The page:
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Between Beirut and the Moon, the acclaimed debut novel of Lebanese novelist Naji Bakhti, has been shortlisted for the 2021 Bollinger Everyman Wodehouse Prize.
Published by Influx Press in August 2020, the story follows Adam, the teenage child of an interfaith Christian-Muslim couple, whose great extraterrestrial ambition is challenged by a city that is in “a perpetual cycle of upheaval and instability.”
“A joyous tale from a fresh new voice.”
As he grows up in post-civil-war Beirut, Adam, who dreams of becoming an astronaut, grapples with all the difficulties that come with being under such unruly circumstances, in a story that smoothly marries comedy with tragedy.
“This is a book that makes you laugh, then surprises you, then horrifies you, teaches you something, then makes you laugh again. Never before have we considered the logistics of going to the toilet while bombs are going off,” the judges of the Bollinger Everyman Wodehouse Prize, the UK’s first literary award for comic literature, said of Between Beirut and the Moon.
“This is a book we read and then immediately mailed copies to friends and family declaring READ THIS. READ IT NOW,” they added, with UK Comedian Daliso Chaponda, one of the judges, deeming it: “Like Gabriel Garcia Marquez but with gags.”
“I started writing a part of the novel, though I did not know it then, in London while I was doing my MA at the University of Westminster. It was my first time living outside of Beirut,” Naji Bakhti tells The961.
In addition to his Westminster degree, Bakhti holds a B.A. in English Literature from the American University of Beirut and a Ph.D. in Creative Writing from Lancaster University (UK).
During his time in London, he gained a new, outsider’s perspective of his country and its real place in the world.
“I had spent the first few months explaining to acquaintances where Lebanon was on a map and confirming that in fact ‘yes, it is Lebanese like the food.’ “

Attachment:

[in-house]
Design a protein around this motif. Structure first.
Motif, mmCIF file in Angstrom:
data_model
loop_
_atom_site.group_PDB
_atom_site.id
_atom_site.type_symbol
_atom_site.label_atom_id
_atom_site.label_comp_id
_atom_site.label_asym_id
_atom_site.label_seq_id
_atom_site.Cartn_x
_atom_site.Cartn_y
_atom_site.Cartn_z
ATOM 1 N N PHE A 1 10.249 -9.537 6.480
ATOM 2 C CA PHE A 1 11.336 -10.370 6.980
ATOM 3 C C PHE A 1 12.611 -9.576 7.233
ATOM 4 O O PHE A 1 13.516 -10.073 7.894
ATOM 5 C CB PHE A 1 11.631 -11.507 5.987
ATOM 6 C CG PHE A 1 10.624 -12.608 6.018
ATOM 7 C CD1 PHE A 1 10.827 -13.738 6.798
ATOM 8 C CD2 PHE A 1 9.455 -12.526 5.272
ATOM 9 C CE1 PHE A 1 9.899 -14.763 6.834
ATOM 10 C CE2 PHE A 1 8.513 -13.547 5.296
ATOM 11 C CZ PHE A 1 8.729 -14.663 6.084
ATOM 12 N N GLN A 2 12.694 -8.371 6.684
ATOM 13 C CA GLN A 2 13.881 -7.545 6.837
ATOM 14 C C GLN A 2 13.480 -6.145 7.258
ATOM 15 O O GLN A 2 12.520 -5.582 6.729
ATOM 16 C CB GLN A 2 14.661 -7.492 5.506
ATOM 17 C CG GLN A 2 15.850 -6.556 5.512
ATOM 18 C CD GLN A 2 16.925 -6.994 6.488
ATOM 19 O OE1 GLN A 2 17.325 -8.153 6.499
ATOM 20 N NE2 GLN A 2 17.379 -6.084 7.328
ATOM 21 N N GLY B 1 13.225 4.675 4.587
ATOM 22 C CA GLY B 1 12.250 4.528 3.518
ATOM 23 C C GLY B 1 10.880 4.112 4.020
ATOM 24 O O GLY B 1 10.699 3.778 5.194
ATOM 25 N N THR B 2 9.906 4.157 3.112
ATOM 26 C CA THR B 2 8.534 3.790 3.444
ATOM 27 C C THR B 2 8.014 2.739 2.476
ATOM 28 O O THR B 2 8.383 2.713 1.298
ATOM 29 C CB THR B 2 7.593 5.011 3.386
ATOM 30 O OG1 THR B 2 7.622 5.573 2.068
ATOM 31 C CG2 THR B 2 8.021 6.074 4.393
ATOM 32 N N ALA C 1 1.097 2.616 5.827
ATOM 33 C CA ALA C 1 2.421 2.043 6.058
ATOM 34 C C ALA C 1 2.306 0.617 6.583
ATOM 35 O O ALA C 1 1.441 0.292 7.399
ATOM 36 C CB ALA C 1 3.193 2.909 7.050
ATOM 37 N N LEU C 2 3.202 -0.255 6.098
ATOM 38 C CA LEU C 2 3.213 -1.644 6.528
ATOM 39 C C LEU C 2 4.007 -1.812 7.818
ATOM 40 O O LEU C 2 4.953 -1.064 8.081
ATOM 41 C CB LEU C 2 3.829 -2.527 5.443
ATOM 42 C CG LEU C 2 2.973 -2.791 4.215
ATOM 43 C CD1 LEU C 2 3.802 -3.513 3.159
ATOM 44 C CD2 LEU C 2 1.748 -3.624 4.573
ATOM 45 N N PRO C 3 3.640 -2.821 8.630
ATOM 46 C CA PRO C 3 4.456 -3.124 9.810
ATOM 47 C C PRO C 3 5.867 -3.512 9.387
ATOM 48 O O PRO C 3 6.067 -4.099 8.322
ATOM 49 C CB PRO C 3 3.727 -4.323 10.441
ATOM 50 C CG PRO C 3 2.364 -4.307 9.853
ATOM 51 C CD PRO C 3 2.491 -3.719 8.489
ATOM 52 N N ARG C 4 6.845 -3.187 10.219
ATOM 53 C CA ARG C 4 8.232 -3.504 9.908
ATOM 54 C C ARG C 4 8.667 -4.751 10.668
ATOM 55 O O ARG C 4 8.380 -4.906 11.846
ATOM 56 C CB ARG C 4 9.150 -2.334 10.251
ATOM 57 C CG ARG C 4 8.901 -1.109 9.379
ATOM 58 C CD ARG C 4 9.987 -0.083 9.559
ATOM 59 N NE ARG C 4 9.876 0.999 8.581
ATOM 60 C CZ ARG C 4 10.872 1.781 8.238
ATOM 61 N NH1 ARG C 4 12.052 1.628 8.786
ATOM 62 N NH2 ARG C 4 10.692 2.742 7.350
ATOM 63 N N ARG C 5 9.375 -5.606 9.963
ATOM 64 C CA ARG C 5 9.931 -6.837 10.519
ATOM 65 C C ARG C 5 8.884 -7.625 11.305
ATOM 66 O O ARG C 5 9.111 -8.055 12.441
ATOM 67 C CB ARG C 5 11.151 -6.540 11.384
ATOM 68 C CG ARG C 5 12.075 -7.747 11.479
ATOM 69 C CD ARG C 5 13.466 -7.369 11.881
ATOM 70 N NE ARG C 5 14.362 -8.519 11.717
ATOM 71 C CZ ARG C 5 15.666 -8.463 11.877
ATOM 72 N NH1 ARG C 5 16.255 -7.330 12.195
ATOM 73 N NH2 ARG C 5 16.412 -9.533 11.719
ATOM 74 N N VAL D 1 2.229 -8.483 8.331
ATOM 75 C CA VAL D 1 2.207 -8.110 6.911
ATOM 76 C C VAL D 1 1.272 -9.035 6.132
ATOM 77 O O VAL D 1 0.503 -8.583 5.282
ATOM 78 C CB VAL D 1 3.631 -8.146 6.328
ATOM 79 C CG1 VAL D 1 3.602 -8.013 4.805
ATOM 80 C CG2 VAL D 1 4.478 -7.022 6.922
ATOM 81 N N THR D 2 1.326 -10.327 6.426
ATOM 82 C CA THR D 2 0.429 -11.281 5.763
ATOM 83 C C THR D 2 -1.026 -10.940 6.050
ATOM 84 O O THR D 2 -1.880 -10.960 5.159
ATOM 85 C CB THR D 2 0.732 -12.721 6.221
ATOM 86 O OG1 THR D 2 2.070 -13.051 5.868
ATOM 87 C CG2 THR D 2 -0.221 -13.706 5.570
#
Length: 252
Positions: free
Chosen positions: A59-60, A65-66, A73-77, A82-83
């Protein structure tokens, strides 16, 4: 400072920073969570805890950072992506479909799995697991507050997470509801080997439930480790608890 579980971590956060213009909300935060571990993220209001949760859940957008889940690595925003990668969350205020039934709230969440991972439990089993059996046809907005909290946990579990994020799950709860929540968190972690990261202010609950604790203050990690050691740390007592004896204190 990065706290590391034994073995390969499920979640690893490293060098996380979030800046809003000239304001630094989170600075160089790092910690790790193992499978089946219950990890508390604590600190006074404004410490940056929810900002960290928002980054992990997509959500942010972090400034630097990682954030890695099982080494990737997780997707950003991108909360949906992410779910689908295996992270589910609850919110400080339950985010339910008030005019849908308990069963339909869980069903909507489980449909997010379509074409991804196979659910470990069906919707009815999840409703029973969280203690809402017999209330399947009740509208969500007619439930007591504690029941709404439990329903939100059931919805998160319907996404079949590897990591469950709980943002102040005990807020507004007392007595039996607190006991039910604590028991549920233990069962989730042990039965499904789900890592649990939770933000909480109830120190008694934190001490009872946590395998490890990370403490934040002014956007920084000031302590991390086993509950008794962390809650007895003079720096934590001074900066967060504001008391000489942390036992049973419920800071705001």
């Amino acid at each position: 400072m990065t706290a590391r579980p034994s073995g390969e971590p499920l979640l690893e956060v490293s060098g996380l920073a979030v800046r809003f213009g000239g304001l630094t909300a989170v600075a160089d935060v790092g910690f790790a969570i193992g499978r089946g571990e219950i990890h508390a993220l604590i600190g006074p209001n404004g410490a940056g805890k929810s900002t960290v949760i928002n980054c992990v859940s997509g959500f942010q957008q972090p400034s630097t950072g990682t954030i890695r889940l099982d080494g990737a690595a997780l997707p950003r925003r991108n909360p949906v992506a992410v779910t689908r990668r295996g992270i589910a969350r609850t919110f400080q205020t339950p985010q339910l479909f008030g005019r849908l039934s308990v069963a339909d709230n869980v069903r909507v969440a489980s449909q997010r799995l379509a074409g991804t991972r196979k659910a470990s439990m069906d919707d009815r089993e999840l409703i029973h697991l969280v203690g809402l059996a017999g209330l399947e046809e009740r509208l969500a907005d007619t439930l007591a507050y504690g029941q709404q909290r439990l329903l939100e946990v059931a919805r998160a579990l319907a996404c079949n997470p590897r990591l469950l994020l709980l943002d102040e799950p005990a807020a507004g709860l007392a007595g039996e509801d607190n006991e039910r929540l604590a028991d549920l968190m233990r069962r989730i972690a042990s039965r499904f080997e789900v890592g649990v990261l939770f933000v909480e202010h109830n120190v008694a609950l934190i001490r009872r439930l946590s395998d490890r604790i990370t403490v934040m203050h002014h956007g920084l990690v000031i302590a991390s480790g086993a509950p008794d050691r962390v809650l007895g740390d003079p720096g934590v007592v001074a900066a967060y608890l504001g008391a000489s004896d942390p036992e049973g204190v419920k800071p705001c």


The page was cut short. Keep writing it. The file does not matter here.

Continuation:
His course at the time was about “writing the city,” but since he did not know much about London, he decided to write about his own, and that’s when Between Beirut and the Moon began to form.
“A strikingly confident and mature voice; a voice of wise cracks digressions and occasional sadness.”
Jon McGregor, author of Reservoir 13
“I suppose I wanted to go back home, so I wrote about it instead. It wasn’t until seven or eight years later at Lancaster University that I managed to complete the first draft,” the author recalls.
Bakhti’s relationship with literature goes back to childhood. Growing up in Ras Beirut, his parents always encouraged him to read, and they did so by setting an example.
“It was never anything so dramatic as the protagonist of BBATM being smacked on the back of the head with a book or two. It was little more subtle than that.”
The friendship of Bakhti’s parents with books proved greatly helpful to him when he decided to pursue creative writing as a career path.
“… I was fortunate in that my parents supported the decision and did not question my financial prospects nor my soundness of mind. The old joke about being a ‘doctor, lawyer, engineer or a disappointment’ did not seem to apply in this case.”